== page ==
Alternate title: Why I Killed My Husband’s Blue Fescue
Which is very different from the time I almost killed Sinatra.
Mike and I have been married for a very long time now. I would almost say too many to count but he might think that gives him an excuse to skimp out on an anniversary gift.
We’ve been through an awful lot in all those years. There was the time I accidentally broke his favorite Homer Simpson mug. And, the time he tried to kill my butterfly bush. But none of those things compare to The Great Chive Fiasco.
Once upon a time I had a small section of the yard that I designated as an herb garden. I planted rosemary, thyme, basil, oregano, lemon balm, pineapple sage, and one teeny, tiny, garlic chive. Who doesn’t like a bit of chopped chive now and then? The thing is, there is always such a thing as too much of a good thing, unless your name is Mike.
Let me paint the picture for you…
One, hazy, fall afternoon as the autumn sun lit the backyard in a pale, golden halo, Mike was puttering through his beloved redwood trees and pampered sago palms. In between trimming his plants he paused to admire the lovely white blossoms perched atop the slender stalks of the garlic chives. What was this? A dried flower? With… my goodness!!!! Tiny brown seeds peeping out from between the browned petals.
“Oh ho!” Mike chuckled to himself as he marveled in the miracle of nature’s bounty. Why, surely he was destined to see that this seed went forth and multiplied as nature intended, he’d be doing Mother Nature herself a favor as he spread this seed amongst his wife’s carefully placed daylilies and herbs.
He spread the seeds all around the backyard, igniting a bone of contention that would go down infamously in the history book of our marriage. Year after year, they seemed to get worse, replicating like gremlins, embedding themselves in plants, springing up in places around the yard where Mike would swear he hadn’t put any seeds. I think back to his version of this story and in my mind’s eye I see the truth; Mike, in his autumn induced delirium, prancing around like some sort of fairy sprinkling pixie dust, shaking these chive blossoms, brown seeds flying like seasonal confetti.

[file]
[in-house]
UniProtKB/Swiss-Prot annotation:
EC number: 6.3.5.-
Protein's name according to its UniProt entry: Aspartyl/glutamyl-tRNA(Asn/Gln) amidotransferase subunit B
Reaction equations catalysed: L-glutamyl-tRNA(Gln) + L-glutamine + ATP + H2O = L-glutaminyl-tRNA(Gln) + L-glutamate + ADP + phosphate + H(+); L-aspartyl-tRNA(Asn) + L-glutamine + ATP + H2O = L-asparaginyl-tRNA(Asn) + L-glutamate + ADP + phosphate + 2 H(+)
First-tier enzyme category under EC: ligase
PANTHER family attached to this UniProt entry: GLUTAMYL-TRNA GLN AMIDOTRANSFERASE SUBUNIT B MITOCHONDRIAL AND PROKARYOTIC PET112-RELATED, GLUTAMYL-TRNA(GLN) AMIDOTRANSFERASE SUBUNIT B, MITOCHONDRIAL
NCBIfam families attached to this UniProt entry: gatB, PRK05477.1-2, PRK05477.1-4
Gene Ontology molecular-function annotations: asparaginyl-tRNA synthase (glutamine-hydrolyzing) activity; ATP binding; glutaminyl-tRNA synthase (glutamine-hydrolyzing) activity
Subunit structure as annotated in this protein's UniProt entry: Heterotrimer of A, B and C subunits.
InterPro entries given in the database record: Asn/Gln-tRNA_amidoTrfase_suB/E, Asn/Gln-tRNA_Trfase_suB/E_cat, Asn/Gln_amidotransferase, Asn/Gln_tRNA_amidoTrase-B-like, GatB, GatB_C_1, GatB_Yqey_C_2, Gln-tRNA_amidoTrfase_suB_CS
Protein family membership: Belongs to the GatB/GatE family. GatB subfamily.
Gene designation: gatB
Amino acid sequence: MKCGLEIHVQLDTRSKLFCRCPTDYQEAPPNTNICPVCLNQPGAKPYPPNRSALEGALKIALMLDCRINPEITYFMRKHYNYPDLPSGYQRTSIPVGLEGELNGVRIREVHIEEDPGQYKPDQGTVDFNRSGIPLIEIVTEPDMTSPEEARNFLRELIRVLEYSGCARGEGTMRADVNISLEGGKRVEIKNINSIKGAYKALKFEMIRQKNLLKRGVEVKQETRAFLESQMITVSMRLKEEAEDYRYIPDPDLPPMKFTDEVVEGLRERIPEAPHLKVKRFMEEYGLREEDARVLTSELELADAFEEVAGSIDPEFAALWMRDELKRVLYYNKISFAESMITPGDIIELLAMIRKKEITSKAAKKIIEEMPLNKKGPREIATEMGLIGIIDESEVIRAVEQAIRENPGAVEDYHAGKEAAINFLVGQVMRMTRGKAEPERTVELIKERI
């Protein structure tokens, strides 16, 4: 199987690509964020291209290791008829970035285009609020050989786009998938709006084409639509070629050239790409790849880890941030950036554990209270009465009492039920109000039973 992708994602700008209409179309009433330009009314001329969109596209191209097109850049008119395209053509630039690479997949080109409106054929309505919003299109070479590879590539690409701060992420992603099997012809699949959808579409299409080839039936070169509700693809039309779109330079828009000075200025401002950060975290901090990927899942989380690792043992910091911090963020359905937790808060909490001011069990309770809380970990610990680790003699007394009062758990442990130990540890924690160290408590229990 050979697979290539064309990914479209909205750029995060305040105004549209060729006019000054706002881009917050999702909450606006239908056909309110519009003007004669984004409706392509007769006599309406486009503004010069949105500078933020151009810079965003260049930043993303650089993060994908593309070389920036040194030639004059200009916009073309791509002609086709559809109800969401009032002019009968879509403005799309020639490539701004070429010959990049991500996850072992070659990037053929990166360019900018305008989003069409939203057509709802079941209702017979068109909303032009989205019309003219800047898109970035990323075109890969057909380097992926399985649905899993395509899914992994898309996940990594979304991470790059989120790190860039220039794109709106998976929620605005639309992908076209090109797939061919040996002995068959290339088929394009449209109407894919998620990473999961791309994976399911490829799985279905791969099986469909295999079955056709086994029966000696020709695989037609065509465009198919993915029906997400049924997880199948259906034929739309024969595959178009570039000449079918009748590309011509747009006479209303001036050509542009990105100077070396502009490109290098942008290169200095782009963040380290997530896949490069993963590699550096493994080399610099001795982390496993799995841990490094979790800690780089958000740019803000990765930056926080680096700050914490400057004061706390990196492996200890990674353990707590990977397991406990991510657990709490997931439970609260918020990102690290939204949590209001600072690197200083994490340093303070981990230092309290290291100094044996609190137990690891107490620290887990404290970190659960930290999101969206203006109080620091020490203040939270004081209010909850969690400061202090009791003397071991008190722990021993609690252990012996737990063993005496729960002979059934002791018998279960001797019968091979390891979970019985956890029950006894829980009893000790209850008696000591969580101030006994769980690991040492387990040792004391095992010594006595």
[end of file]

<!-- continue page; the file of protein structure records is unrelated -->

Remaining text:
Which brings us to this morning.
It has been a ridiculously hot summer. Today it is supposed to be 88 degrees and that, my friends, is downright balmy for August. Mike had to leave very early this morning and as I sipped my coffee and watched a hummingbird in the backyard, I saw them; the million clumps of garlic chives mocked me as they peeped out from between my butterfly iris, and my daylilies, and the heather.
These chives had morphed into something evil. Straggly, smelly, and THEY WERE STARTING TO SPROUT BLOOMS. AGAIN.
It was too much for me to bear. Too much. The thought of these chives going to seed again sent me into a whirling rage and before I knew it I was out in the backyard getting a shovel and the trash can. After I paused to enjoy the cool morning and pet the dog, of course.
I dragged the trash can over to the bed and stabbed the shovel into the first clump. Clump after clump went into the can until I came to a clump that had sprouted up and completely penetrated Mike’s clump of ornamental blue fescue. A maniacal grin spread across my face because there was only ONE way to get that clump of garlic chive out of there. I paused as a wave of guilt swept over me… for about 3 – 5 seconds because at that point I realized that in my steps back and forth from the trash can to the flower bed – I HAD STEPPED IN DOG POOP.
Dog poop is Mike’s job.
It took about 20 seconds to dig that clump of chive-ridden fescue out of the ground and drop it into the trash can and I may or may not have been giggling the entire time. And for the record, that picture is NOT Mike’s blue fescue because it was riddle with nasty garlic chives!!!
I turned and went back for the next clump, working my way around the yard…
Pop… gurgle… fizzz… pop pop…
It took about 3 seconds for it to dawn on me what those sounds meant and by the time it did, it was almost too late.
There I was bent over, shovel in hand, foot on the top of the shovel pushing it deep into the ground beside the next clump when THE SPRINKLERS CAME ON.
That’s right… from almost 2 hours away Mike had managed to exact his revenge for the blue fescue.
Well played, Mike.by